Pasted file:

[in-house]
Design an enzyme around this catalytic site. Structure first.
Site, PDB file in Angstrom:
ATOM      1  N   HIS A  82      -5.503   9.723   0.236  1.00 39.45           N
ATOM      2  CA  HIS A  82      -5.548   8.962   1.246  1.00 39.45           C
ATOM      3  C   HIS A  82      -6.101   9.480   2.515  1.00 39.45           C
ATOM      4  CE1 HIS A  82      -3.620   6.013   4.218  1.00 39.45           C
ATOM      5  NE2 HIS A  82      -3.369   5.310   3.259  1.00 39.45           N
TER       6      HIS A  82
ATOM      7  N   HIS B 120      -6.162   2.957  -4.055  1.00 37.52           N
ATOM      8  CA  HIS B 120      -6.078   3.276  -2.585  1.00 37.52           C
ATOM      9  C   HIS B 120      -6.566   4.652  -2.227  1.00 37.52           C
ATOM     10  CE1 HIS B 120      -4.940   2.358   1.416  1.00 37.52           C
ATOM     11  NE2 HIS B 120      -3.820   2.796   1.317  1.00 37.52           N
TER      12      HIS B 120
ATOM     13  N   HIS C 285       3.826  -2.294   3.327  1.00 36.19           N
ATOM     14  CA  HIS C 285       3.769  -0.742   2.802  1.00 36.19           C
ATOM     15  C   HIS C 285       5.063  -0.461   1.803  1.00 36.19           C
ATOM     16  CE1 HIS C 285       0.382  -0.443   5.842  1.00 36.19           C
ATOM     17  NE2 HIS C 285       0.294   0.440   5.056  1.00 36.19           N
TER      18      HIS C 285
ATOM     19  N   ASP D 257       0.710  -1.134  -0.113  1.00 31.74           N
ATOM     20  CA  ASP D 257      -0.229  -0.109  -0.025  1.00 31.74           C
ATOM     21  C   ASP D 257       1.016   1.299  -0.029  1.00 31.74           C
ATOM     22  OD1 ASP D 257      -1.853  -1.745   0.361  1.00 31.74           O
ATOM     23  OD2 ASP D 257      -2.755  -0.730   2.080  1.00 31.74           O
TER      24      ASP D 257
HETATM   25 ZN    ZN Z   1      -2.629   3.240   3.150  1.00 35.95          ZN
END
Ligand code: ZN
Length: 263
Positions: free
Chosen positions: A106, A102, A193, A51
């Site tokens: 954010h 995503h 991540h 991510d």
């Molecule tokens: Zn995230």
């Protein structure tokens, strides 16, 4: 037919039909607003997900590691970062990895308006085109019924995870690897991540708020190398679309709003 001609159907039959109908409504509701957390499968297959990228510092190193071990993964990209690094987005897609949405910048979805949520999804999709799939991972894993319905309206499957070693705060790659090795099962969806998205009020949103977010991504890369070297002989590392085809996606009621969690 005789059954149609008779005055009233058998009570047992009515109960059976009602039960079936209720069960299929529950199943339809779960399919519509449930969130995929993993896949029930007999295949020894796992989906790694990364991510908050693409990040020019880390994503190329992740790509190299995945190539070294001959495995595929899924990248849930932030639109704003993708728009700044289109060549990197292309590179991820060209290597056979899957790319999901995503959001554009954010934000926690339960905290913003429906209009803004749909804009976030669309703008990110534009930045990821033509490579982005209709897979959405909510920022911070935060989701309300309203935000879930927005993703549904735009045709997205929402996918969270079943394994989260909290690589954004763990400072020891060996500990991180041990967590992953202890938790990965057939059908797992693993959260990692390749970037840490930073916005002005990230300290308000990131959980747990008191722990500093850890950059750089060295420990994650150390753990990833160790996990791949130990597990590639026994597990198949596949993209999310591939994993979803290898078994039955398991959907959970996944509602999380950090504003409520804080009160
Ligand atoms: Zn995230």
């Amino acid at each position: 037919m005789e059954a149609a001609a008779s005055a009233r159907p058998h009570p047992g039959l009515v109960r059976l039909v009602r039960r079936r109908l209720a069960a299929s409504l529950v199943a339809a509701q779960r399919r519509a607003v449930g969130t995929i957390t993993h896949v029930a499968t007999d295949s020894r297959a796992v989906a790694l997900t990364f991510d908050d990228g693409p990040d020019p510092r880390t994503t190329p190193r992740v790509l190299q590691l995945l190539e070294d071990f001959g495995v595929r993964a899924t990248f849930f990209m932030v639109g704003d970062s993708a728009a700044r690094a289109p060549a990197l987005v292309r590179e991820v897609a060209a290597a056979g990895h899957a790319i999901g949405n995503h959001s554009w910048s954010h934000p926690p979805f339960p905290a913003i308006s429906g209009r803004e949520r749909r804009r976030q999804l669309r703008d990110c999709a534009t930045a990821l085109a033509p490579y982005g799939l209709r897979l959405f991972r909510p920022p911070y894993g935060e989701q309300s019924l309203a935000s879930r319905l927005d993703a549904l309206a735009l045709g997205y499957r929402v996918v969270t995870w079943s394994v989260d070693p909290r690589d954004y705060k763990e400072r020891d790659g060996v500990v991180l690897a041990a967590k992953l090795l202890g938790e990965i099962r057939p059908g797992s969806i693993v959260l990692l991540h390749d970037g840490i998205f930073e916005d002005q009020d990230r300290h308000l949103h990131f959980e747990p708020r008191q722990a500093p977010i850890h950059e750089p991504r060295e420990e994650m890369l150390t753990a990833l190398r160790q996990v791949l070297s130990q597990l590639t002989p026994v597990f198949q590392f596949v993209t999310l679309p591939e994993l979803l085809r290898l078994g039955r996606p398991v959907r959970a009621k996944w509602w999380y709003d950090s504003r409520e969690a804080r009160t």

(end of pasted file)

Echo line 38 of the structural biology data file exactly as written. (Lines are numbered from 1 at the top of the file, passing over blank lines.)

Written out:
């Amino acid at each position: 037919m005789e059954a149609a001609a008779s005055a009233r159907p058998h009570p047992g039959l009515v109960r059976l039909v009602r039960r079936r109908l209720a069960a299929s409504l529950v199943a339809a509701q779960r399919r519509a607003v449930g969130t995929i957390t993993h896949v029930a499968t007999d295949s020894r297959a796992v989906a790694l997900t990364f991510d908050d990228g693409p990040d020019p510092r880390t994503t190329p190193r992740v790509l190299q590691l995945l190539e070294d071990f001959g495995v595929r993964a899924t990248f849930f990209m932030v639109g704003d970062s993708a728009a700044r690094a289109p060549a990197l987005v292309r590179e991820v897609a060209a290597a056979g990895h899957a790319i999901g949405n995503h959001s554009w910048s954010h934000p926690p979805f339960p905290a913003i308006s429906g209009r803004e949520r749909r804009r976030q999804l669309r703008d990110c999709a534009t930045a990821l085109a033509p490579y982005g799939l209709r897979l959405f991972r909510p920022p911070y894993g935060e989701q309300s019924l309203a935000s879930r319905l927005d993703a549904l309206a735009l045709g997205y499957r929402v996918v969270t995870w079943s394994v989260d070693p909290r690589d954004y705060k763990e400072r020891d790659g060996v500990v991180l690897a041990a967590k992953l090795l202890g938790e990965i099962r057939p059908g797992s969806i693993v959260l990692l991540h390749d970037g840490i998205f930073e916005d002005q009020d990230r300290h308000l949103h990131f959980e747990p708020r008191q722990a500093p977010i850890h950059e750089p991504r060295e420990e994650m890369l150390t753990a990833l190398r160790q996990v791949l070297s130990q597990l590639t002989p026994v597990f198949q590392f596949v993209t999310l679309p591939e994993l979803l085809r290898l078994g039955r996606p398991v959907r959970a009621k996944w509602w999380y709003d950090s504003r409520e969690a804080r009160t």